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Wednesday, May 27, 2009

Train Report: The Ride to NYC...

When you plan a trip and purchase airline tickets and schedule time off from work several months in advance, you really have no inkling of what the weather is going to be like, aside from the season. It could rain the entire visit, and we would still be happy to visit our daughter & son-in-law, but in addition to the visit, I was eager to go into New York City. My previous visits had been limited to the confines of JFK International, La Guardia and Newark Liberty. Oh sure, you can see landmarks as you are flying in and out of airports, but to get the real feel of things, you have to be on the street walking amongst the people. Raining would make that suck.

I had no interest in driving into the city - trying to figure out where to park or worse, navigating through the sea of cabs, sightseeing buses, stretch limos and jaywalkers. So, we opted for the sensible way to enjoy different views of New Jersey and to avoid the aforementioned traffic issues in NYC; we took the train.
We drove to a NJ Transit station in Bordentown, a really neat little place worthy of a walking trip to visit the tree lined main street full of shops and well maintained older homes. If I had been blindfolded and dropped off in the center of this town, I'm pretty sure I would have never guessed I was in New Jersey, and that I blame on the stereotypes we see on TV. We were prepared for rain since the areas south of us were getting nailed with storms, and it looked like by afternoon, we would be getting wet.The short trip from Bordentown to Trenton passes right through three or four contiguous state parks. From seeing recreational boats in the canals to swamp lands, the view is green and wide open. Aside from a few scenes in The Sopranos where people were taken out into the sticks to be disposed of, this is a different view than what I expected.We switched trains in Trenton to make the roughly one hour ride into New York's Penn Station. From what little we could see of Trenton, it looks pretty nice - of course, we saw roughly one full block of the city, walking across the street from where one train dropped us off to go inside the station. Who knows, the place could be a dump just around the corner. We got onto a double decker train taking the lower seating section. As we would pass through each station, I was just above eye-level with the platform which gives a view of how close the train slides by just inches from the wall. And during the ride, it was amazing how the view changed almost like the click of a light switch. Finally, I got to see some of the rundown, ugly wasted buildings I had expected more of. Yippie! But the scenery really did change, typical of any place where some sections of town are really beautiful, some places are just run down, and other places are fairly bland. It would be just the same if you drove from one side of the country to the other and never once got off the interstate. You only see just that small sliver on either side of the road, but never get a good feel for what lies just beyond. And that was why I wanted to actually get into the city to see New York first hand.Pulling into Penn Station, the last half mile or so is fairly dirty and ugly. You come from a tunnel into the train yard and it just isn't pretty at all. My wife was pretty much ready to simply sit on the train and let it take her back to New Jersey without even getting off to see anything. Thankfully, inside the station is much nicer! And that is where I'll leave off. More later on Times Square, Central Park, Lady Liberty and such.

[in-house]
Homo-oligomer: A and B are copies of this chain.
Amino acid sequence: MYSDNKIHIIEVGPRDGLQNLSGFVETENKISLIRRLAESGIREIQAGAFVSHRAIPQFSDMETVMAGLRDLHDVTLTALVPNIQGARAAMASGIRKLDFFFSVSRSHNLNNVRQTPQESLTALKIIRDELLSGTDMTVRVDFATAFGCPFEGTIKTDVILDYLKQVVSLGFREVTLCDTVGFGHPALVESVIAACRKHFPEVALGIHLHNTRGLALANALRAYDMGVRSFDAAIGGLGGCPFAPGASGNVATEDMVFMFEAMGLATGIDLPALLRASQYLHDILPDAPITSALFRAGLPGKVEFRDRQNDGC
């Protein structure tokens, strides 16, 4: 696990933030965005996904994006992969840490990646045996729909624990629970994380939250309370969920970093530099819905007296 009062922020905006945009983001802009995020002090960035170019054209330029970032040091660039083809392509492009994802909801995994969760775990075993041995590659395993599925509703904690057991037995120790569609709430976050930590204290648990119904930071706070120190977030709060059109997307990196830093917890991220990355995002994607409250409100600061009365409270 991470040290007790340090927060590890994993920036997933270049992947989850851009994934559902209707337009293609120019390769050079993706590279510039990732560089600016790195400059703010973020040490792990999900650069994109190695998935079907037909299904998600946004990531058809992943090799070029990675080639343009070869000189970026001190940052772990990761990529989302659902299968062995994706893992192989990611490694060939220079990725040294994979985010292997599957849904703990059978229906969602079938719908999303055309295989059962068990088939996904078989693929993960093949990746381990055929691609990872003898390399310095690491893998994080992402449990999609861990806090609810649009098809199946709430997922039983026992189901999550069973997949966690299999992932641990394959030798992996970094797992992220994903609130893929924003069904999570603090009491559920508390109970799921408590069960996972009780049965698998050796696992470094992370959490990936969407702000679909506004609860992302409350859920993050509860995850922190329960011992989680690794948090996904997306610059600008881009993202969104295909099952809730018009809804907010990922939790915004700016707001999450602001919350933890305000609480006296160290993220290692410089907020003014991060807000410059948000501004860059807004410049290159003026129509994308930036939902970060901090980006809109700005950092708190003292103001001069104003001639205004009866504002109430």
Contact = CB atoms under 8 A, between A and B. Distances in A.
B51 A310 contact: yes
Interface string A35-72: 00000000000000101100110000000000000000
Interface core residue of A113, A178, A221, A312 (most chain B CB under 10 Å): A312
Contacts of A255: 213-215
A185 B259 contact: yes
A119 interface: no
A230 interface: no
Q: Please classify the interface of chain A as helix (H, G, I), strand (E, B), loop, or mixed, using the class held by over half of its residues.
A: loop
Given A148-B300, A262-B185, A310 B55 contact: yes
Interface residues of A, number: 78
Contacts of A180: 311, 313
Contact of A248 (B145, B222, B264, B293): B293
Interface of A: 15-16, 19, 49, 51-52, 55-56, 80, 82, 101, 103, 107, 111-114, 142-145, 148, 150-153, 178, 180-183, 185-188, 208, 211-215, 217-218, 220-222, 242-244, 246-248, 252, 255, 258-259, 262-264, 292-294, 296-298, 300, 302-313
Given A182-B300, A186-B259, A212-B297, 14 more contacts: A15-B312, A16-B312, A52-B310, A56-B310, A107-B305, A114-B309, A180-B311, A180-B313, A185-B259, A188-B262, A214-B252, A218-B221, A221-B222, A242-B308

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San Antonio, TX, United States
I love to observe the odd things happening around me as I go about my day. I especially like it when I can get a picture of people being themselves. Here, I attempt to report the various people and events I have encountered in my neighborhood, and my city. I'd also love to hear from you. Feel free to e-mail your experiences and photos of life in San Antonio.

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